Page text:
By high school I was a full on ‘Skate Rat’ and my crew and I used to ride everywhere, exploring the city’s skateable architecture or simply ‘bombing hills’ all day everyday. We explored every neighborhood we could from The Lower West Side near what is now The Buffalo Waterfront district down near Lake Erie to the top of Elmwood where Albright Knox Art Gallery sits, near Buff St. to North Buffalo and sometimes even as far as where Main St, meets Transit in Williamsville…sometimes in one day!

Somewhere around the age of 19-20 I suffered a pretty severe ankle injury skating the banks outside of Trackmaster studios which is now GCR studios owned by Goo Goo Dolls bassist Robbie (Goo) Takac. This injury essentially ended my ability to even just ride a skateboard and prompted me to focus on playing an instrument which was a blessing, since I was really depressed I would probably never ‘bomb hills’ again.


820 elmwood_352
820 Elmwood Ave )circa 2001) where Apollo Records once was. I lived in the house just to the right where that tree is.

I took the bus to NOLA and spent some time down there exploring, NOLA is a great walking city. Shortly after I returned to Buffalo to recalibrate and I worked at a record store for a bit. Apollo Records on Elmwood (the proprietor Gary Sperrazza has actually just recently passed away)

for a couple years, I spent 6 days a week at the record store and the rest of the time playing music and developing a couple of  musical projects. I lived 2 doors away from the shop so my commute was a dream…


In 1996 I moved to LA (I took the bus from Buffalo) and against most peoples advice, really tested the carless existence! Everyone swears adamantly that you cannot survive without a car in LA. I did for close to 10 years! I worked at a couple of different record stores from Melrose to The Sunset Strip, within a few months I was playing with a seminal LA punk band and gigging regularly. I can’t say it was easy but it did take drive. for awhile I even worked in Van Nuys while living in Silverlake!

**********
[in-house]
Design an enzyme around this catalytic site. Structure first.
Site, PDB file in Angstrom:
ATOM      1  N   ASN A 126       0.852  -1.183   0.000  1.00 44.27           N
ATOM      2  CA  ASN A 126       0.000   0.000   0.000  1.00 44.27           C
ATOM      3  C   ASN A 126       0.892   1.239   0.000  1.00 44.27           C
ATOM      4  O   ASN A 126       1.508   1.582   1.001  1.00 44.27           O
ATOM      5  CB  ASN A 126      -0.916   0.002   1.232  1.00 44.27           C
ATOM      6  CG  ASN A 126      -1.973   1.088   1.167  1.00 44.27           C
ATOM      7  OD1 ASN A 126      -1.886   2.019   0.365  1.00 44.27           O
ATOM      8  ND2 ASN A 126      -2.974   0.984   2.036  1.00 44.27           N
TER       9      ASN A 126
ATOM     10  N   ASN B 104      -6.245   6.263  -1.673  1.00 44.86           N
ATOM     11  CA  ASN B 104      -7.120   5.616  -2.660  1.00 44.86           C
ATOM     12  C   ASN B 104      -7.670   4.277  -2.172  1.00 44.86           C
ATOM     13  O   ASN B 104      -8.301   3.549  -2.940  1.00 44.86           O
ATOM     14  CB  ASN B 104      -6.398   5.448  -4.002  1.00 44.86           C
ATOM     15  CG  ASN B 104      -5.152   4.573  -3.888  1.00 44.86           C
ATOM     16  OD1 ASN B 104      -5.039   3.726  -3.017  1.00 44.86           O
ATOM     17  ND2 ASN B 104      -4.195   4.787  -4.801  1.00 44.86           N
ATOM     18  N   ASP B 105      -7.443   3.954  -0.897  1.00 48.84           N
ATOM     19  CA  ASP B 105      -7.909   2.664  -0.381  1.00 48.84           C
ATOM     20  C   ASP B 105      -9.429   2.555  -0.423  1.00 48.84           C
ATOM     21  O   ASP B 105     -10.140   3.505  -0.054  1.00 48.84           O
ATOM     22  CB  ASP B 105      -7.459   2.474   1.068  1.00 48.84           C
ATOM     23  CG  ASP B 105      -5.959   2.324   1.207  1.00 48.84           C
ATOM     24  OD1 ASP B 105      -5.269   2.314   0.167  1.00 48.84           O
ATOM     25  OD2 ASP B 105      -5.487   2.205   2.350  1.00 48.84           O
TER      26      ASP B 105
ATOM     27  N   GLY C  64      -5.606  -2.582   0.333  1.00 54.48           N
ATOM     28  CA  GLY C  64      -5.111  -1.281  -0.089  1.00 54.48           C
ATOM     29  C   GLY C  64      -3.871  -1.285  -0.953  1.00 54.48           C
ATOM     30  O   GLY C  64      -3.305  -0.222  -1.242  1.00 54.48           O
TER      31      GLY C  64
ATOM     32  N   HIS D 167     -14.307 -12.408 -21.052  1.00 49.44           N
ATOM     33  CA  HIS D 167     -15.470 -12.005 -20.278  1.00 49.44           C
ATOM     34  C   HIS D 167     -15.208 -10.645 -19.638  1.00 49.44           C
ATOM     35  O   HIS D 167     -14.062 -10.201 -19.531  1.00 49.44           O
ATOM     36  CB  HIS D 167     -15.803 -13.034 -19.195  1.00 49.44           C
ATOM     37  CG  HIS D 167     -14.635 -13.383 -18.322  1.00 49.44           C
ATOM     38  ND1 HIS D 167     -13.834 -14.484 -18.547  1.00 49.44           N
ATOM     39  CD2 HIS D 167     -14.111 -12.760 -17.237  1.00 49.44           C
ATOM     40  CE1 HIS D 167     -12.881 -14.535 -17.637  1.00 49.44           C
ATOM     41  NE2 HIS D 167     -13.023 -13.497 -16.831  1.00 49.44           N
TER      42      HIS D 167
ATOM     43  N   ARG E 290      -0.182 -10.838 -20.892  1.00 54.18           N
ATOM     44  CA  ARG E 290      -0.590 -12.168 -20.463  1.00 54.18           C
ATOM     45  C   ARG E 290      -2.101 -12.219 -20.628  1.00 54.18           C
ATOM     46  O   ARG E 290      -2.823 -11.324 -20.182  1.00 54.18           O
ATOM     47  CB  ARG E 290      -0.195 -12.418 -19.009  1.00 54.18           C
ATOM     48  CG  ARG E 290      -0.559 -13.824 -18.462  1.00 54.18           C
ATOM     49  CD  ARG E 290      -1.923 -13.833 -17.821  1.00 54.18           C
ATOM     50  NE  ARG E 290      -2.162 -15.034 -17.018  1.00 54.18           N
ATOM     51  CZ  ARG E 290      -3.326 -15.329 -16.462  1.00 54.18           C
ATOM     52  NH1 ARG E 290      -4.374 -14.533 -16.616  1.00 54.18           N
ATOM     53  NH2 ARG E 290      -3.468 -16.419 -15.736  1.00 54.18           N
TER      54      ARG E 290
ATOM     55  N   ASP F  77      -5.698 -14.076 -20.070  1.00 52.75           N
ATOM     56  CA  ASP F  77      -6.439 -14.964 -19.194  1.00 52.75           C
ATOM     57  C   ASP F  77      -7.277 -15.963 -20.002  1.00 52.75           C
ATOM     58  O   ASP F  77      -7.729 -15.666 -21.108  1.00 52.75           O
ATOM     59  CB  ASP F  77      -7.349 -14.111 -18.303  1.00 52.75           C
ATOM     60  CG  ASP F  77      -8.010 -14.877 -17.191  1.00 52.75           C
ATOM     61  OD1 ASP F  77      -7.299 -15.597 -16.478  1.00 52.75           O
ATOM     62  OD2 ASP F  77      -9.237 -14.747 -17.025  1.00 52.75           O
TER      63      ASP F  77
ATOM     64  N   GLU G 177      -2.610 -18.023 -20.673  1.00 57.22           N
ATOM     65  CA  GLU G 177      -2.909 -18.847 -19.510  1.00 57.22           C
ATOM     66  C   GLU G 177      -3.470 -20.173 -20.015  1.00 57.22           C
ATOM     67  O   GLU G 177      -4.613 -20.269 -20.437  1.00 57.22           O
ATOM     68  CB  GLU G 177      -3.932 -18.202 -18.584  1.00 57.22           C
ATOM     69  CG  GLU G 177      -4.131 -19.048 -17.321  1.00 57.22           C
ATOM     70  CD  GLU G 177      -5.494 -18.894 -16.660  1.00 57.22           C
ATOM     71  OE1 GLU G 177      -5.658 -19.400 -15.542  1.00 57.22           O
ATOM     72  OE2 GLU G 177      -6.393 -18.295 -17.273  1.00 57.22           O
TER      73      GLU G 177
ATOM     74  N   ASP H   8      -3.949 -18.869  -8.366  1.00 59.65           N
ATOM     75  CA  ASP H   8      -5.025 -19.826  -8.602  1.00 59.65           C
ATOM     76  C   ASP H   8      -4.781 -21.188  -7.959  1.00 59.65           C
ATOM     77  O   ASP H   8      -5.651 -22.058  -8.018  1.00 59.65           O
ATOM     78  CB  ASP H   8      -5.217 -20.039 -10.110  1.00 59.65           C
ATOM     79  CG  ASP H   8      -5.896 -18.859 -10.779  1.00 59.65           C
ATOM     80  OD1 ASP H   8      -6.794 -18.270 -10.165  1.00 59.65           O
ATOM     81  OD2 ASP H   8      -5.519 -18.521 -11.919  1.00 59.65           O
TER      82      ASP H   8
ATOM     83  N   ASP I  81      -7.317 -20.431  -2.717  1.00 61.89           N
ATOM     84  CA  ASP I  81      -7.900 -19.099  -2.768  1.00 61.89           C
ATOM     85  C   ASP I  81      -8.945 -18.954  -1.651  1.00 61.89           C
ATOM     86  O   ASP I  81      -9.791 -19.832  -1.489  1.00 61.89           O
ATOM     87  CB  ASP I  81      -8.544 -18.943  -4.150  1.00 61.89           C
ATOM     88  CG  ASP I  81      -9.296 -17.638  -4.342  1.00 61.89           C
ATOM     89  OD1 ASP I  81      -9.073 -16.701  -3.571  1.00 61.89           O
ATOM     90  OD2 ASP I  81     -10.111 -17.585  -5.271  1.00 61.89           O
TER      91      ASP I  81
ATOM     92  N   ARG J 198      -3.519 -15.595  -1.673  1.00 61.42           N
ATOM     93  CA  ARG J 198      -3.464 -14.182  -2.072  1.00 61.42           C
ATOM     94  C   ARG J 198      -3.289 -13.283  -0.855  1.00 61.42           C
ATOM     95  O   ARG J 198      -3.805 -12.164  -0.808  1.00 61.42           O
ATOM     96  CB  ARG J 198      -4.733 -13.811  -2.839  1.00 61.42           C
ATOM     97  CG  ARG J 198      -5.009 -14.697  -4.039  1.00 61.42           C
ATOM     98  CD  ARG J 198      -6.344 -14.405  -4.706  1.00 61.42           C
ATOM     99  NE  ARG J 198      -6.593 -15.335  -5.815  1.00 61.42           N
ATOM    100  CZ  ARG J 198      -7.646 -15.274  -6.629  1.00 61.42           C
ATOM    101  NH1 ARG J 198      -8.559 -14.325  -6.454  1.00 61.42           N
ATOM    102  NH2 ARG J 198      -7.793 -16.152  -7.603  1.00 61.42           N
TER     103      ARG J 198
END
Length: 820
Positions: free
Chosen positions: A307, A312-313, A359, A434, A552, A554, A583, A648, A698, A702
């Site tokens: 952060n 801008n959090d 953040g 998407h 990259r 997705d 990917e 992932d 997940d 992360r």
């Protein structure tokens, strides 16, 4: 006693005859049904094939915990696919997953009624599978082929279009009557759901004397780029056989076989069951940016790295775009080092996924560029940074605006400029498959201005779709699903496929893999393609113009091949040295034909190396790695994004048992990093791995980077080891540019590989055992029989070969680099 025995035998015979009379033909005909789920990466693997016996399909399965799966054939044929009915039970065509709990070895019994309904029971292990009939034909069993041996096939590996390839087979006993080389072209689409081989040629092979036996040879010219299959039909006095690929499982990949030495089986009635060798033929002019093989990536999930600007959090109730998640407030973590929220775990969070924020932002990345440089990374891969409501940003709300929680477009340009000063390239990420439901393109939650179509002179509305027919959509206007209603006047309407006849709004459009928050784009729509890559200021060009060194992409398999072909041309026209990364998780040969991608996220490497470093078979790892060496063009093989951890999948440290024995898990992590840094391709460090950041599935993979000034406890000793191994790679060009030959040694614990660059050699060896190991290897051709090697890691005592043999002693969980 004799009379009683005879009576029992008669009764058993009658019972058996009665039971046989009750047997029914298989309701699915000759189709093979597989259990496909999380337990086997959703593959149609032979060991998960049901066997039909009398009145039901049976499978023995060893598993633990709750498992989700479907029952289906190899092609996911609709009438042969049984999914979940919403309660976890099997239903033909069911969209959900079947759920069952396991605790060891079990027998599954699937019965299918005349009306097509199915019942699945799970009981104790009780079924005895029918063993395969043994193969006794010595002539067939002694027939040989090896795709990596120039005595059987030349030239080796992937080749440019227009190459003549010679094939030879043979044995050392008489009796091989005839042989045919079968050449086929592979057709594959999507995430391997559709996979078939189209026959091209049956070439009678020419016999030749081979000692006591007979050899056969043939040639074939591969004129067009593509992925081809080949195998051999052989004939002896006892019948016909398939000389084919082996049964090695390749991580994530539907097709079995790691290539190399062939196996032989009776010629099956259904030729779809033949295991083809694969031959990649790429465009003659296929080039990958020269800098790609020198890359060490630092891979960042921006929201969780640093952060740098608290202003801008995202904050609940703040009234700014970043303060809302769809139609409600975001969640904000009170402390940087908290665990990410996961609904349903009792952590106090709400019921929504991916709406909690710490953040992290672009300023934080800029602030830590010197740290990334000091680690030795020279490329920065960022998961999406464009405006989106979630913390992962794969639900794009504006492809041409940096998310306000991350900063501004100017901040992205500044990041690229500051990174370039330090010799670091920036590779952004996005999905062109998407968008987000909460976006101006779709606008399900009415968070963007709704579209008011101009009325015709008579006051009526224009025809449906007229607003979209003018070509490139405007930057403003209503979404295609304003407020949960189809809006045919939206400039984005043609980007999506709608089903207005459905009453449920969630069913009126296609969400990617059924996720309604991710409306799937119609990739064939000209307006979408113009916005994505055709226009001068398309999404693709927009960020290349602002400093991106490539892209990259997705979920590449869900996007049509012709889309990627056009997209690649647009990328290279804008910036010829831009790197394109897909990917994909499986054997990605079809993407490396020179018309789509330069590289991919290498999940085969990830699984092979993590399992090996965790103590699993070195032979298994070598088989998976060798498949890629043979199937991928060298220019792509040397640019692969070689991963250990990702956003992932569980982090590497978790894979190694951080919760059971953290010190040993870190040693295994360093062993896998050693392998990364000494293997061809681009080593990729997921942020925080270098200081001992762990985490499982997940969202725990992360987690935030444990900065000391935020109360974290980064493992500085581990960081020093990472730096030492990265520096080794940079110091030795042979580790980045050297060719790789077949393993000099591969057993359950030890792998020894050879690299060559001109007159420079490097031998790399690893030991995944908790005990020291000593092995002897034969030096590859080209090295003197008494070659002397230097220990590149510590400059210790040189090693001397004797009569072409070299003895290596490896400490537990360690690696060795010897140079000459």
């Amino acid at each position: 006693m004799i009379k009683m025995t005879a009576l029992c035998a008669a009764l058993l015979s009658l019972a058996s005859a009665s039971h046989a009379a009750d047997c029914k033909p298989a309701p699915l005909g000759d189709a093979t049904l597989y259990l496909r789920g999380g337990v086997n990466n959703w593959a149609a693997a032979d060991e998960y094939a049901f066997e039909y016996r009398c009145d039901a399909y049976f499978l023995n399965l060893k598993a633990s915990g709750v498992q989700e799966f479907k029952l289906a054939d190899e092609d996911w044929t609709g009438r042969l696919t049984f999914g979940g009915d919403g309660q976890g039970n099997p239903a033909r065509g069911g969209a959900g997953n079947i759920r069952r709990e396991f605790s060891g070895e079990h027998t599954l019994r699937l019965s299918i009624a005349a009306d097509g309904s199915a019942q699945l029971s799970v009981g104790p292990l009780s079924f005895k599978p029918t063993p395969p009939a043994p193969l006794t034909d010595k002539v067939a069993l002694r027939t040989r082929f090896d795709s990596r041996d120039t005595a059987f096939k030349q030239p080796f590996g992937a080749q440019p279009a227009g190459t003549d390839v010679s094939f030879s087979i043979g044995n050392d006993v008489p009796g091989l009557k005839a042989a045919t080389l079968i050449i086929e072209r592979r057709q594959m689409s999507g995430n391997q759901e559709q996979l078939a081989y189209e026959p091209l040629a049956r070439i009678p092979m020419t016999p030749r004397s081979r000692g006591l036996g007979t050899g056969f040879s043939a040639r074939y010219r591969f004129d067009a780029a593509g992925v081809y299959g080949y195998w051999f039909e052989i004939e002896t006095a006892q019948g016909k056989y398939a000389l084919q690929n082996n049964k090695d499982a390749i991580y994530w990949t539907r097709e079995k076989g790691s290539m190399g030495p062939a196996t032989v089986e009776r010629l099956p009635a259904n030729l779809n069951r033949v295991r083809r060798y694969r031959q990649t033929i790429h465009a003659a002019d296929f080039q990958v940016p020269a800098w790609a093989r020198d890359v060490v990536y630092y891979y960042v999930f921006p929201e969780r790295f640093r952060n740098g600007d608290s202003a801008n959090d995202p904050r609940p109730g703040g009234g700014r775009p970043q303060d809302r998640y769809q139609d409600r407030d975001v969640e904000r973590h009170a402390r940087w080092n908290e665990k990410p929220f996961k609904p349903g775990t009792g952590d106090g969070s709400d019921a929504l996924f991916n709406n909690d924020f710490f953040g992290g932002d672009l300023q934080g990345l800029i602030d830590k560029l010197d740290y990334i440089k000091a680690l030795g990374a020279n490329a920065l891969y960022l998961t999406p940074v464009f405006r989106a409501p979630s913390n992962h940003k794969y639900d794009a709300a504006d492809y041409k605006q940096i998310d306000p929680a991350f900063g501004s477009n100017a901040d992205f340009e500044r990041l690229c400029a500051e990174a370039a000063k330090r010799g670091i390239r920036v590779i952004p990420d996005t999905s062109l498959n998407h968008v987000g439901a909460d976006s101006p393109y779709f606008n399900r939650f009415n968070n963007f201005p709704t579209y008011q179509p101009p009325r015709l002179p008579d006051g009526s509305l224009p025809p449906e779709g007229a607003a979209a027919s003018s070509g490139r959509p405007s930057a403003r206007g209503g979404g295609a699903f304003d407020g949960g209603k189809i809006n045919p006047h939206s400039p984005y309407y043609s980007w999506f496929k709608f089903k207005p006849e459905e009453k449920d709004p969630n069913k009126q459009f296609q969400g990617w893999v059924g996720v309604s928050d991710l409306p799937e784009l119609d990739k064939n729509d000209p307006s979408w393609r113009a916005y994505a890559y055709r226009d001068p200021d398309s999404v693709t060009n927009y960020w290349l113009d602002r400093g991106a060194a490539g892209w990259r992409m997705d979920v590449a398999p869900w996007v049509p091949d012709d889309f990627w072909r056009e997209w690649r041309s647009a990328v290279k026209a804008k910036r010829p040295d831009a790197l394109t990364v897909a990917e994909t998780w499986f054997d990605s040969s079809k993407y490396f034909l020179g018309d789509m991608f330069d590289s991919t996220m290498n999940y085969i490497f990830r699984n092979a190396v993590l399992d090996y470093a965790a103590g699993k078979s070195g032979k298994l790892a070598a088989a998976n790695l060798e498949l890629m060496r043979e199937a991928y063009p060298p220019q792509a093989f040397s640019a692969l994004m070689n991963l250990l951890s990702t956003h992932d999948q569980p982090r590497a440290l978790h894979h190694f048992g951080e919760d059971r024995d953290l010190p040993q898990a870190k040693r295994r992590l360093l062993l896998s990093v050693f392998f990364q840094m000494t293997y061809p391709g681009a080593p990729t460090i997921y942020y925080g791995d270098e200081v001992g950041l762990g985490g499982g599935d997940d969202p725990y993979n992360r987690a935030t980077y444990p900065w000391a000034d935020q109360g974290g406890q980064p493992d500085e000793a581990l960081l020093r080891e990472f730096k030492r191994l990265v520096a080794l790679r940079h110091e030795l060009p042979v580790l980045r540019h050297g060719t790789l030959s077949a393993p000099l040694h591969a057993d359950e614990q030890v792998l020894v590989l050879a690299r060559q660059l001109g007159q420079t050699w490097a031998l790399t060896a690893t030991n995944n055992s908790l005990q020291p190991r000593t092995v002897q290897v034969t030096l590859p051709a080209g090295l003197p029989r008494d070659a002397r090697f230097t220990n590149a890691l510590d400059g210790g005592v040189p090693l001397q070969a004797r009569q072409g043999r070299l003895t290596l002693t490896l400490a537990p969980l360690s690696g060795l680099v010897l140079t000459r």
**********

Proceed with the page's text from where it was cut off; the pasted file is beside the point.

Now I reside in SF which is a much easier city to traverse using public transportation, yet we are clogged to the gills with cars! People want to claim the SF zip code though they work in the burbs! Things have completely reversed!

I’m 42 now and still haven’t entertained the thought of driving. I see more details in my surroundings, I don’t rush and allow myself time to move and explore as I head toward my destination…cars promote a stressful relationship with other drivers and you have to be at attention at all times. My mind likes to wander and I utilise the time on busses and subways to read and write and to work on music…I engage with people face to face and I don’t exist in a closed box on wheels. I don’t have envy of the world of tickets, accidents (often deadly), insurance payments and repairs  etc. Where people think that driving saves time, I feel that not driving gives me time while at the same time increases my motivation, mental and physical health and above all…drive.

This in response to The Daily Prompt “Drive”

Featured Image  by Jeff K. 2016




3 thoughts on “Drive”

  1. Superbly written piece, I always enjoy it when you open up and write a little more.

    I’m a driver (albeit a late learner) but I think I’m a more rural dude than you and a car becomes more of a necessity when you get beyond any, or any functioning, public transport.

    I am a walker though. It grounds you, I think and gives you a far more personal appreciation of space and connections. Yeah, I’m very mystic and deep!!

    Liked by 1 person

  2. Thanks for reading that, I’m trying to exercise my writing a bit and hope to do that more often. It does open up your appreciation and perspective on things of higher detail. I guess growing up in a city environment, I was lucky to have that option.

    Liked by 1 person